12 July 2013

Are 800 hats the result of collecting? Or hoarding?

Some views of her home make it look like a archetypal hoarder's residence.  But what if she were rich enough to own a larger home and be able to store everything properly?  How does one compare her to someone who owns an even larger number of smaller things (thimbles, matchbook covers, buttons, stamps, coins) that fit in a smaller space?

(For a well-informed response to my questions, see the discussion by Mel V in the Comments.)


  1. The same way you tell the difference between a liquor connoisseur and a wealthy alcoholic. Do they have a hobby, or does the hobby have them?

    Collectors usually display their items and are enthusiastic about showing them to other people. Hoarders generally don't have space or the organizational skills to present their collection well, and usually dislike other people seeing (let alone handling!) their hoard. Collectors can talk about the differing values of the items in their collection, and will let go of less valuable items to make room for better ones. A hallmark of hoarding is being unable to distinguish the relative value of items, and be unwilling to part with anything regardless of its origin or condition. (Oddly enough, if you point a hoarder at someone else's messy house, they can usually do a good job of sorting. The ability to determine value is still there, it's just overwhelmed by their compulsive need to keep stuff.) Collectors will limit their collection to the space they have available (with varying degrees of success), a hoarder will overflow their living space no matter how large, and usually with astonishing speed. Collectors (usually!) stay within their means, hoarders are commonly in severe financial problems because of their hoarding and lack of money management abilities.

    Collecting is a hobby that enriches the collector's life, hoarding is compulsive behavior that gets in the way of life. The difference often isn't apparent to the hoarder, but the people around them can usually tell. That video clip alone isn't enough to tell which category this lady falls into, but the condition of the house and the fact that she's been chosen for the show does suggest there are problems.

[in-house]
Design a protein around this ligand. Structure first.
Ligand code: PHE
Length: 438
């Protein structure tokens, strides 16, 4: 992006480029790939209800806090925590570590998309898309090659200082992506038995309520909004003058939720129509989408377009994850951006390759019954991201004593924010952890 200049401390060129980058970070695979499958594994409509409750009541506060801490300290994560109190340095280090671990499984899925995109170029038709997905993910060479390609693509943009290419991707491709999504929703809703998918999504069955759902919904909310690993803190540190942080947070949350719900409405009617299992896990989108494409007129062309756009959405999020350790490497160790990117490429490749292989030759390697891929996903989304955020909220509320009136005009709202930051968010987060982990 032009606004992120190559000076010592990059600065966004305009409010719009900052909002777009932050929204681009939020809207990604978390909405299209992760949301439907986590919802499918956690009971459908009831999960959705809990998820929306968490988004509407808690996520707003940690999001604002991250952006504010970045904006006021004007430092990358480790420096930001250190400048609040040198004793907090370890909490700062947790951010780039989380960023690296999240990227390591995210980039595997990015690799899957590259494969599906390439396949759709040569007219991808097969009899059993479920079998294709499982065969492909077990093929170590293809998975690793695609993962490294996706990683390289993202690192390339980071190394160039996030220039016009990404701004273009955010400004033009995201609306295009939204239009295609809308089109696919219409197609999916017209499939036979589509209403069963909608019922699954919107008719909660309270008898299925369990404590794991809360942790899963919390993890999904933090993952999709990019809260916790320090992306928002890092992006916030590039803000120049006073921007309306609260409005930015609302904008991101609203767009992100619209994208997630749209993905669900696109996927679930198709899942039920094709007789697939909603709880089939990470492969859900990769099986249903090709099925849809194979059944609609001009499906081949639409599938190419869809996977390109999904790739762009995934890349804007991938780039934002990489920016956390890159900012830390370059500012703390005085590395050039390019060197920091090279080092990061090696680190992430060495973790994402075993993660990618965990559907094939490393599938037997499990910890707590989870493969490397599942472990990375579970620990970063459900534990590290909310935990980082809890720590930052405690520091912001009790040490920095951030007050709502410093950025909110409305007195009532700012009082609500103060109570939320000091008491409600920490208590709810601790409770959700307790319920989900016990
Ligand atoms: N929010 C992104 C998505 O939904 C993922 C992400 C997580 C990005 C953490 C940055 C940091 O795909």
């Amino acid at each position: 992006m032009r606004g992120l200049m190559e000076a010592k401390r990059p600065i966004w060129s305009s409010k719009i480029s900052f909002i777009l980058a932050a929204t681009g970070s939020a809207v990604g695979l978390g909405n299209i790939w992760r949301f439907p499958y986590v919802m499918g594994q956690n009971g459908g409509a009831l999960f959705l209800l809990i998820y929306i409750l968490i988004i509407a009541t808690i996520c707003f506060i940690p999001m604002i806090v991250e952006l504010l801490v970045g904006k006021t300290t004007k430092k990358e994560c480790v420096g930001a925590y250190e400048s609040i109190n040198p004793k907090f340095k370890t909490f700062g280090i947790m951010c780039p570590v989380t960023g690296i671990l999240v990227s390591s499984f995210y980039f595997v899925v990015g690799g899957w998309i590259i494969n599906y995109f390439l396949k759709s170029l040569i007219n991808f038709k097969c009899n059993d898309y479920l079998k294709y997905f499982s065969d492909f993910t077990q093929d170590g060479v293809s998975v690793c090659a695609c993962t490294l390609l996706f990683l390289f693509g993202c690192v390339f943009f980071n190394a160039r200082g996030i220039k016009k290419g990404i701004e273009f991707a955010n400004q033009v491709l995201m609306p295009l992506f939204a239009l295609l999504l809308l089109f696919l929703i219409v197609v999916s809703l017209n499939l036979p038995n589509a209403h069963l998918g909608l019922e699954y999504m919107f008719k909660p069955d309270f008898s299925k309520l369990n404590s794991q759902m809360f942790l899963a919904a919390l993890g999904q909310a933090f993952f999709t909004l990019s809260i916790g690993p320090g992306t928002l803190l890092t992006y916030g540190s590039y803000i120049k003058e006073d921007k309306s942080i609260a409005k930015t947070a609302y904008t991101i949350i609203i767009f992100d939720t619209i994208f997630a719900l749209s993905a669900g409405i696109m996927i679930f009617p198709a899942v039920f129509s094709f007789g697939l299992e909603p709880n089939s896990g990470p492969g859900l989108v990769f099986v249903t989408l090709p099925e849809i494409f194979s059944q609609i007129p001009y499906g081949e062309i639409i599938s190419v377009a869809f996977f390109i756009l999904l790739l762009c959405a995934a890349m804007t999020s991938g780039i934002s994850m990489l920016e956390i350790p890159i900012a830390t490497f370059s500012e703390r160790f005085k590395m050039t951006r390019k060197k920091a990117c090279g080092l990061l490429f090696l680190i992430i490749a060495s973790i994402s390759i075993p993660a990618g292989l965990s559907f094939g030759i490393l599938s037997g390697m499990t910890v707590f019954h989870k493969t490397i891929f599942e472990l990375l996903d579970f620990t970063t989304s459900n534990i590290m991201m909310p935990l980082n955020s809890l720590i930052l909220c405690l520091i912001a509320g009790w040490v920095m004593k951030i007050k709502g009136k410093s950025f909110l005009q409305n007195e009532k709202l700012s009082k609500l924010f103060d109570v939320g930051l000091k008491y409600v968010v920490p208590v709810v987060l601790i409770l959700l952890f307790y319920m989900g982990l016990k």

Yes, I've done a bit of reading on this topic. :-D Hoarding is a mental disorder that manifests itself in a very, very physical way, which is fascinating to me. In a lot of ways, the hoard is the person's brain. Discarding any of it is discarding a part of themselves, so naturally it's almost impossible to do. Pulling back that identification with objects is extremely difficult.

    1. Wow, thank you Mel. I've added a reference to your comments to the post.

    2. Quite welcome. I can ramble on about it for a while.

      I should add that while conceptually the difference between collecting and hoarding is quite clear, in real life the boundary can be very blurry and making a diagnosis is best left to the professionals. As with all mental disorders, the severity of hoarding problems and the way it expresses itself varies widely.

  2. The House on the Rock is an interesting example of one or the other.


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